Arancini and Sicilian Celebrations

Making Arancini – Sicilian Pride With Chef Manuel Morsiani… Festa Italiana Monterey Bay


(This is an updated posting first published in 2017.)

In Monterey, California the ‘Santa Rosalia Festival’ is fast approaching. Join us the weekend of September 7, 8 and 9 at the Monterey Plaza near Monterey Fisherman’s Wharf.

A favorite comfort food served (at the Monterey Custom House Plaza) is arancini. San Carlos Royal Presidio Chapel, the Custom House Plaza and Fisherman’s Wharf are featured destinations in this video, enjoy:

This long-standing festival connects history, fishing on Monterey Bay and immigration from Sicily, especially from the Palermo area (west side of the island). Love all things from our beautiful Mediterranean island, especially our culture…filled with unique food, music, customs and best of all our generous and gregarious spirit.

Chef Manuel explains, “arancini is a rice ball shape filled with cheese, tomato, peas, sausage (mushrooms or any other vegetable or spices you prefer). It is the perfect comfort food as you get the creamy texture from the inside and the crispy experience from the outside plus you can fill them with whatever you want and it is the perfect way to use the left cooked rice. Sometimes you really need that childhood taste which in a way feeds not only your tummy but especially your heart.”


50 grams of Mozzarella

400 grams of Carnaroli rice, cooked rice

50 grams of Pork and beef chorizo, Salciccia

50 grams of Frozen green peas

2 tablespoons of Tomato paste

200 grams of Dry bread crumbs

100 grams of Bread flour

2 Eggs

500 grams of Frying oil

1 pinch of Black pepper

First of all, boil the peas until they are soft, then cut the Italian chorizo into tiny little pieces. After that, cut the mozzarella into pieces. Next, put the cooked rice in a bowl and add the tomato concentrate, a sprinkle of salt, the black pepper and mix everything together.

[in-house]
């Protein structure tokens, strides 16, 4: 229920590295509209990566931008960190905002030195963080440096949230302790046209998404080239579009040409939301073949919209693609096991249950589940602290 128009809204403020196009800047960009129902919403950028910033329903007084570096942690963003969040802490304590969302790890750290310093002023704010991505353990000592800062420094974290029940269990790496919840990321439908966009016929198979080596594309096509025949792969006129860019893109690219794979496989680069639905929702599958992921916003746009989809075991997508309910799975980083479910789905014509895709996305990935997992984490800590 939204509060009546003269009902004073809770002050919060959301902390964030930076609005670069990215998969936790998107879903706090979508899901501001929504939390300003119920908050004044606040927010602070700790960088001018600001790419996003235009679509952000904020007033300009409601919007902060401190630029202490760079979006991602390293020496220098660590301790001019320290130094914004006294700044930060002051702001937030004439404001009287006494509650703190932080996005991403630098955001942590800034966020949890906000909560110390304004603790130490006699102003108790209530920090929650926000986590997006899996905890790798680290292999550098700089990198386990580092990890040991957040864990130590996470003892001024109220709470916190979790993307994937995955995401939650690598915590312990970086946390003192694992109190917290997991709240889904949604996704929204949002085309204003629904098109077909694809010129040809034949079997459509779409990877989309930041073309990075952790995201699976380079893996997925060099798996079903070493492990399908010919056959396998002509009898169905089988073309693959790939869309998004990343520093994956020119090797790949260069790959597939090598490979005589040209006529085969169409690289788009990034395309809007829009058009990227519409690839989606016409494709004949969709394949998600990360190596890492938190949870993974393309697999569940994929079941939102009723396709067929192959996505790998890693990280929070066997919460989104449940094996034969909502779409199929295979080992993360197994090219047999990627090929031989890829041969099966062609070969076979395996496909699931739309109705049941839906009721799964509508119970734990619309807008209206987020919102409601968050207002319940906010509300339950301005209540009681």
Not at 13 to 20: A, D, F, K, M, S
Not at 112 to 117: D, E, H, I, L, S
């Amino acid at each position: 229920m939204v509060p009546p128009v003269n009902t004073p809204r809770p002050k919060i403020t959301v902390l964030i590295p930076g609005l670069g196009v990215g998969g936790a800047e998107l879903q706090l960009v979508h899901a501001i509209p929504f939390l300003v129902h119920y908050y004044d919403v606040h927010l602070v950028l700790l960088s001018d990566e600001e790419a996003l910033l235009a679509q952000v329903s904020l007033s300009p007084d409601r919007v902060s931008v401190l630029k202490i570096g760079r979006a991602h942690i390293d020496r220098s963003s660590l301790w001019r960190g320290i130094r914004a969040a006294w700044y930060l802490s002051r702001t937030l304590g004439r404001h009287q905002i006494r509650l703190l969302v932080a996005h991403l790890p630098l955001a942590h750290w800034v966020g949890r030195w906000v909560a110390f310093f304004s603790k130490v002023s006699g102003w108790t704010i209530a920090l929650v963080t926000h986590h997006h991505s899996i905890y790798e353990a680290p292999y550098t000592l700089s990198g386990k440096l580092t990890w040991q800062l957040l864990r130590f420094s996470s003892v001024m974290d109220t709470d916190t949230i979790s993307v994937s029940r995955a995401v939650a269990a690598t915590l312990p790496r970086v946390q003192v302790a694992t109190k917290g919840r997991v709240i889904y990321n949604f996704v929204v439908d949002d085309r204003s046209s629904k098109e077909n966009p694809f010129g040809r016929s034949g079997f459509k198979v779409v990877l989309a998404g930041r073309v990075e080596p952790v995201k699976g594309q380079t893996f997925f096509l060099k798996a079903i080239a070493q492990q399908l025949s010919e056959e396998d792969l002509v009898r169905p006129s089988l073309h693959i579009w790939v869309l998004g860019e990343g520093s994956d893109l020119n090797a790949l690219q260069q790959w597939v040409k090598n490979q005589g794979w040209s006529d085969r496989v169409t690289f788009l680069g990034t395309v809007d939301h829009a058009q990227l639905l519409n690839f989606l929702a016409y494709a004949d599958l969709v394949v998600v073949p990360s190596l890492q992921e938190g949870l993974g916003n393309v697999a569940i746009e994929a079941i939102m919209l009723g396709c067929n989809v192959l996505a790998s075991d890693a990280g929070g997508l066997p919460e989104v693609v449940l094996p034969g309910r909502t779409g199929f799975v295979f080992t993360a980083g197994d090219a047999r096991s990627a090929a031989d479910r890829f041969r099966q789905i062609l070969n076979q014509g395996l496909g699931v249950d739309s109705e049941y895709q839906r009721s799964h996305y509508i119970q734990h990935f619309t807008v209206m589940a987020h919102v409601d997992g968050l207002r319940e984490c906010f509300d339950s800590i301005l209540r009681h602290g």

Roll a tablespoonful of rice into your wet palms to form a ball of your chosen size. Poke a hole in the middle and fill with the peas, chorizo and mozzarella. Then add some extra rice to close the hole and roll the arancini until they have your preferred shape. Repeat the process to make more arancini.

The next step is to prepare three small dishes: one with flour, one with a beaten egg and another with breadcrumbs.

Heat oil on a deep-frying pan, no more than a third full, until the breadcrumbs sizzle at contact. Meanwhile, as the oil heats up, take each rice ball previously prepared and coat them, first in the flour, then in the beaten egg and at last in the bread crumbs; making sure they are well covered. When the oil is hot, cook the arancini (no more two at a time) until slightly brown and then drain on top of kitchen paper.

We accompanied the arancini with a simple sauce of: tomato, red pepper, white wine vinegar, hot chili and salt sauce- this is a delicious dip for the rice balls, served on the side. (Cook these ingredients in a pan for 5 minutes and then blend everything together).

-Acclaimed Chef Morsiani-

Manuel has become a dear friend, he is an expert in Sicilian Cuisine and a strong supporter of Huckleberry Hill Adventure, LLC’s focus on ‘Italian Influence and California living’! Follow Chef Morsiani on his culinary adventures. He will visit California and share in our wonderful fresh California products.


From the hometown of Bologna, Italy Manuel Morsiani travels through Italy and is based in Dublin, Ireland. He has a home and love of Sicilia. He is a highly trained professional chef bringing passion to fine Italian dining.

This year (2018) special prayers and our fond memories our with the passing of our beloved Bishop Garcia. He was a champion of cultural causes and honored us each year with many blessings during the Festa. He will be missed. 

Follow your heart, listen to your dreams, even if they take you all the way to the Pacific Coast of California. Huckleberry Hugs, Maxine (Molly)


My Godmother Tina D’Aquanno, ‘keeper of Davi traditions and memories’ shared this photo of my Great Nannu; he is on the far left smoking the pipe. She honors our long history of fishermen. Keeping alive traditions, mementos and recipes for future generations.